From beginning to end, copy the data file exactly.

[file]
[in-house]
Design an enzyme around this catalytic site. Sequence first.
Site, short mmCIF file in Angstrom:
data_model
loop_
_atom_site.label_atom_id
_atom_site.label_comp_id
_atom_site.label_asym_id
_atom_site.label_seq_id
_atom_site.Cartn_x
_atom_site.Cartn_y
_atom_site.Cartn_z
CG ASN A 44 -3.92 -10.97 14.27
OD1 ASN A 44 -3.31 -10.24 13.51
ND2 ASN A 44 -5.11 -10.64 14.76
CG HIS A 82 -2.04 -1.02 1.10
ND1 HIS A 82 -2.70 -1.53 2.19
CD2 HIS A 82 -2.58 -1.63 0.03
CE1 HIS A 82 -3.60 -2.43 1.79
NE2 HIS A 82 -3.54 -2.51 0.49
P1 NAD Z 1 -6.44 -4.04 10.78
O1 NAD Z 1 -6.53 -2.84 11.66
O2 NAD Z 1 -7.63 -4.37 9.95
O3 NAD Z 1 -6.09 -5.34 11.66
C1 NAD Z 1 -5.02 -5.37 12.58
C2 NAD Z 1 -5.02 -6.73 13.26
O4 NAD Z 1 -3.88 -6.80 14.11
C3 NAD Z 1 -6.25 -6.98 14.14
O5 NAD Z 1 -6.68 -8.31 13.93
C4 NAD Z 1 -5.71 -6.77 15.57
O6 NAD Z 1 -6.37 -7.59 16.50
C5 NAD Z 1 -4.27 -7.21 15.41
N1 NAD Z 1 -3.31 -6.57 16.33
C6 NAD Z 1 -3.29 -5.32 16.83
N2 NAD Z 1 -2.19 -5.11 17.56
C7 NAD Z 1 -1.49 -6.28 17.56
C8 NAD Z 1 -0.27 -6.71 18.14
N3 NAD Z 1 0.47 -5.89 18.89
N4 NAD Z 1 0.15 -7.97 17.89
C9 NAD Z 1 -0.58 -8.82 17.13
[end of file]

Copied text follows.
[in-house]
Design an enzyme around this catalytic site. Sequence first.
Site, short mmCIF file in Angstrom:
data_model
loop_
_atom_site.label_atom_id
_atom_site.label_comp_id
_atom_site.label_asym_id
_atom_site.label_seq_id
_atom_site.Cartn_x
_atom_site.Cartn_y
_atom_site.Cartn_z
CG ASN A 44 -3.92 -10.97 14.27
OD1 ASN A 44 -3.31 -10.24 13.51
ND2 ASN A 44 -5.11 -10.64 14.76
CG HIS A 82 -2.04 -1.02 1.10
ND1 HIS A 82 -2.70 -1.53 2.19
CD2 HIS A 82 -2.58 -1.63 0.03
CE1 HIS A 82 -3.60 -2.43 1.79
NE2 HIS A 82 -3.54 -2.51 0.49
P1 NAD Z 1 -6.44 -4.04 10.78
O1 NAD Z 1 -6.53 -2.84 11.66
O2 NAD Z 1 -7.63 -4.37 9.95
O3 NAD Z 1 -6.09 -5.34 11.66
C1 NAD Z 1 -5.02 -5.37 12.58
C2 NAD Z 1 -5.02 -6.73 13.26
O4 NAD Z 1 -3.88 -6.80 14.11
C3 NAD Z 1 -6.25 -6.98 14.14
O5 NAD Z 1 -6.68 -8.31 13.93
C4 NAD Z 1 -5.71 -6.77 15.57
O6 NAD Z 1 -6.37 -7.59 16.50
C5 NAD Z 1 -4.27 -7.21 15.41
N1 NAD Z 1 -3.31 -6.57 16.33
C6 NAD Z 1 -3.29 -5.32 16.83
N2 NAD Z 1 -2.19 -5.11 17.56
C7 NAD Z 1 -1.49 -6.28 17.56
C8 NAD Z 1 -0.27 -6.71 18.14
N3 NAD Z 1 0.47 -5.89 18.89
N4 NAD Z 1 0.15 -7.97 17.89
C9 NAD Z 1 -0.58 -8.82 17.13